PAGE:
Over the centuries, tea has been considered a healthy beverage as well as a pleasurable one. Its therapeutic powers have long been glorified by scholars, scientists, and journalists. Lu Yu, the Chinese tea scholar, described tea in a.d. 780 as a cure for headaches, aching limbs, constipation, and depression. Today, medical journals throughout the world report that tea, especially green tea, stimulates mental clarity, reduces the risk of certain cancers and heart disease, lowers blood sugar levels, and helps to prevent viral infections, bad breath, and tooth decay.
A primary reason for tea's preventive powers, which applies to all types of teas, is strictly hygienic. In many cases, today as in ancient times, tea is safer to drink than water because it's boiled first, killing any disease-carrying bacteria. This is certainly advantageous, but let's look at some other health concerns, bad and good, associated with tea.
Caffeine in tea is a health issue for many tea drinkers. Tea does contain caffeine in moderate quantities. A naturally occurring drug, caffeine gives you a pleasant lift and revives the spirits. It stimulates the central nervous system, its levels peaking within an hour of reaching the bloodstream. Because it also has a stimulating effect on the kidneys, caffeine is a mild diuretic. It is mildly stimulating to the respiratory system as well-one reason that many athletes hydrate their bodies by drinking tea before they exercise.
Research has yet to confirm any ominous diseases related to the moderate use of tea, although health providers advise women suffering from severe fibro-cystic disease and people with high blood pressure not to ingest much caffeine. If you're concerned and would like to cut down on caffeine, you're one jump ahead by choosing tea as your beverage. As noted in the previous section, all teas, especially green teas, contain less caffeine per cup than coffee. If you want to lower the caffeine still further, there are two simple ways to cut down: buy decaffeinated tea, or make a "second potting."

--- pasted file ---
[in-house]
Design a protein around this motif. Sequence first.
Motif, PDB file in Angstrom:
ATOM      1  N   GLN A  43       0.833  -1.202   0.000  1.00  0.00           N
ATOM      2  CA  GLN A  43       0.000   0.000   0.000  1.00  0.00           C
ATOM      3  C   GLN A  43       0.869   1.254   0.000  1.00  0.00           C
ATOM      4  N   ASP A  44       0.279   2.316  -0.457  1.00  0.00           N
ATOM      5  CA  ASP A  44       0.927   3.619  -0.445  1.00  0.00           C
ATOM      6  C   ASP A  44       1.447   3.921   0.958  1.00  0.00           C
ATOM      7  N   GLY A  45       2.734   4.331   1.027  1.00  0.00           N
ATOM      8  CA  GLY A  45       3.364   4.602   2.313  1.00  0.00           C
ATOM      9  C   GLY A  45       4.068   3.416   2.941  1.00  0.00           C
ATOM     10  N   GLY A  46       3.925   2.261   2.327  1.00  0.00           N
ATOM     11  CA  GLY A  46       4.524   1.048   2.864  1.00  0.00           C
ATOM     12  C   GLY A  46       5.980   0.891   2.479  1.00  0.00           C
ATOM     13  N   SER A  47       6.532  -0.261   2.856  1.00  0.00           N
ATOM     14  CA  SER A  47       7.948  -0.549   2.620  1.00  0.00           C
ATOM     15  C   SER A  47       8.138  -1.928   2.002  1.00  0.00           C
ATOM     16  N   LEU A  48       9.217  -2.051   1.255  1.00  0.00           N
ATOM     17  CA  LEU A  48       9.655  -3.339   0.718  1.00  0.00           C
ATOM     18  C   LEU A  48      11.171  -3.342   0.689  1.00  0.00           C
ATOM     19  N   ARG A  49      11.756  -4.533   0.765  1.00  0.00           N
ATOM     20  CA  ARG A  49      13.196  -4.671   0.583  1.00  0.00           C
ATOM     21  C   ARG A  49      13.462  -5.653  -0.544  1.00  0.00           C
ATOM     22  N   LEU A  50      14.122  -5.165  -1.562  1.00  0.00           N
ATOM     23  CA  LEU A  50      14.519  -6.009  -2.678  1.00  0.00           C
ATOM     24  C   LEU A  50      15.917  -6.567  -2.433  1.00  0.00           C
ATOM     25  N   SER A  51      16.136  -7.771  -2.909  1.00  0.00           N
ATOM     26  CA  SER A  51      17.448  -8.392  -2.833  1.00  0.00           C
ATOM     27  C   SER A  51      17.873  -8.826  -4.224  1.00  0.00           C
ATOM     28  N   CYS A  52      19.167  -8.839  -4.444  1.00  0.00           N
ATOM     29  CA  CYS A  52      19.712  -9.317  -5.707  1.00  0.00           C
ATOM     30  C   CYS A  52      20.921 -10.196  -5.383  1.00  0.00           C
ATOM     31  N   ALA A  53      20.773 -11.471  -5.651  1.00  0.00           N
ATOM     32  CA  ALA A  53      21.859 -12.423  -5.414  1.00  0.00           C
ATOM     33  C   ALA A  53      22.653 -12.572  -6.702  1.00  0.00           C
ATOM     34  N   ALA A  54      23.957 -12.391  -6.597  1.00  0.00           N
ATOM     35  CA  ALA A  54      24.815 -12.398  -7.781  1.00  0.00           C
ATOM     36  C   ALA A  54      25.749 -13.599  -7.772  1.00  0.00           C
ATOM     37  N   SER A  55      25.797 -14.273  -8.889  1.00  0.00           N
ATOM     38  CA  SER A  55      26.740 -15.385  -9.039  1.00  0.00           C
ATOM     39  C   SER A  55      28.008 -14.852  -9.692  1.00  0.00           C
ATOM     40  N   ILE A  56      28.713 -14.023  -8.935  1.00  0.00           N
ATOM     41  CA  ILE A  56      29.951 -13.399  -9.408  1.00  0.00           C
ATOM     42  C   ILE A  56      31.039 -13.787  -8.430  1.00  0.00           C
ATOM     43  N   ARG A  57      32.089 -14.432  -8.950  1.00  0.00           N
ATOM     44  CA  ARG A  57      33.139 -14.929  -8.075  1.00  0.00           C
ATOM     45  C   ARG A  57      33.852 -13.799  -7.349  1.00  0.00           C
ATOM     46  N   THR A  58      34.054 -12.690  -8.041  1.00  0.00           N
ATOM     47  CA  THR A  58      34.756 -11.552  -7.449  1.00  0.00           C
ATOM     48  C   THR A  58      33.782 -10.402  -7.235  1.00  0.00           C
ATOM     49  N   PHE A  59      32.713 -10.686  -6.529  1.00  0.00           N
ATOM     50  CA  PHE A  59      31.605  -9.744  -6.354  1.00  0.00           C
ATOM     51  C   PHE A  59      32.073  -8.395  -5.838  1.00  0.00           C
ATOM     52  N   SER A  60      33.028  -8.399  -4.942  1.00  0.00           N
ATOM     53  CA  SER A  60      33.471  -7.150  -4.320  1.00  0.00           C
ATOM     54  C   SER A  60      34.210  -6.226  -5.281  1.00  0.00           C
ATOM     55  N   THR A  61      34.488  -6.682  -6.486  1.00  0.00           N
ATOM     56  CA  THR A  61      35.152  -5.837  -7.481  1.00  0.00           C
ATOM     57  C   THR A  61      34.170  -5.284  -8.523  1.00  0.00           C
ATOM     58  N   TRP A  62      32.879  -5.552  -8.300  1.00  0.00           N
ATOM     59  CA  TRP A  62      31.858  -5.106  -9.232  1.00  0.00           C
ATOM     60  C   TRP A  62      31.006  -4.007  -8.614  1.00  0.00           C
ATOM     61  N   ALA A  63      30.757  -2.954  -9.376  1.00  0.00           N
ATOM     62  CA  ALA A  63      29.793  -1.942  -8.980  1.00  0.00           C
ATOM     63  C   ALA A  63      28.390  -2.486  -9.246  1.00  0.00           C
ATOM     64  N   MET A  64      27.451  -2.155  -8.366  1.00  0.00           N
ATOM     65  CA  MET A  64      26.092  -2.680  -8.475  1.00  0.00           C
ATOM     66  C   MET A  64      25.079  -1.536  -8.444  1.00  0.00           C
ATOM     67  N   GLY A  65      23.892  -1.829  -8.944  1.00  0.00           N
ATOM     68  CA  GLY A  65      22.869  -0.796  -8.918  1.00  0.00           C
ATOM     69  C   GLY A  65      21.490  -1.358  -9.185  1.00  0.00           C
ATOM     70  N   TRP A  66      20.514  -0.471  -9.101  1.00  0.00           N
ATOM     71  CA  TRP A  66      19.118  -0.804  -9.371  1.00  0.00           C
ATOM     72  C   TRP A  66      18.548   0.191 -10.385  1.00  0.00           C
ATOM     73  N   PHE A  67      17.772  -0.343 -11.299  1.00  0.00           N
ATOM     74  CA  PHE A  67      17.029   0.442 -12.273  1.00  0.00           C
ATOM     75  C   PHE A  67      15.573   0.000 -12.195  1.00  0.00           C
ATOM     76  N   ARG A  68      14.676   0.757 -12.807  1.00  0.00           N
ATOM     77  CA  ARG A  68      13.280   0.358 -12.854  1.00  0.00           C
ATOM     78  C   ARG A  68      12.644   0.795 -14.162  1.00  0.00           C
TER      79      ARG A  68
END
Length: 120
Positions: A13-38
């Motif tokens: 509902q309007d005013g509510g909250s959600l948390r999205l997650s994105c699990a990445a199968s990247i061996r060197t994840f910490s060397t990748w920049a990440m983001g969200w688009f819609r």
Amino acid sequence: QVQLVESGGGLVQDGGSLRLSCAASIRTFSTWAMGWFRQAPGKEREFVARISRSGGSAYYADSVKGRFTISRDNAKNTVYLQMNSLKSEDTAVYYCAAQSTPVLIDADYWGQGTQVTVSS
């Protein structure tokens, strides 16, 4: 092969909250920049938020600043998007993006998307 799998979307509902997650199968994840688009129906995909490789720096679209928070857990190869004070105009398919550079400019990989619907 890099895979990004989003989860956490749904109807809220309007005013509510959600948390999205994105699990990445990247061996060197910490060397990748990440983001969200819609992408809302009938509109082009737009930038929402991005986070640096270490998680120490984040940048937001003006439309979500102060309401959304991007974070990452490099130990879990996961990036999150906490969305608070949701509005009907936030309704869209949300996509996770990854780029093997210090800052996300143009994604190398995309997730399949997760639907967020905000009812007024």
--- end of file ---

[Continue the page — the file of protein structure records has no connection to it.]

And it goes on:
A second potting is simply the second pot or cup made from the tea leaves. Once boiling water touches the tea leaf, the caffeine it contains begins to dissolve. After a three-minute infusion, half of the caffeine will have dissolved into the water. By removing the tea leaves (another reason a tea infuser is handy) and using them to make your second pot, you will have effectively cut down on the caffeine.
Recently, the Western world has taken a greater interest in the health benefits of green tea. Research scientists are confirming what the Chinese knew centuries ago: the naturally occurring compounds found in green teas (and herbal teas) help to promote good health. As I mentioned earlier, green teas are high in unoxidized, and therefore unaltered, polyphenols. These polyphenols have strong antioxidant properties. Antioxidants help control the activity of free radicals, unstable molecules that damage cell structures and are implicated in a host of illnesses, including cancer and cardiovascular disease.
One of the most powerful polyphenols, found only in green tea, is epigallocatechin gallate (EGCG). Studies indicate that EGCG's antioxidant effect can be more powerful than that of vitamin E. The polyphenol also has been shown to keep influenza viruses in check. Another plus is that EGCG inhibits the growth of the bacteria that cause halitosis. (That's one reason the Japanese traditionally drink green tea after a meal.)
Tea, especially green tea, is also a rich source of fluoride. In fact, green tea contains more fluoride than fluoridated water. Tea has minerals such as manganese, the vitamins C, B2, D, and K, and a number of amino acids. Clearly, tea is one of those earthly wonders that's delicious and good for you.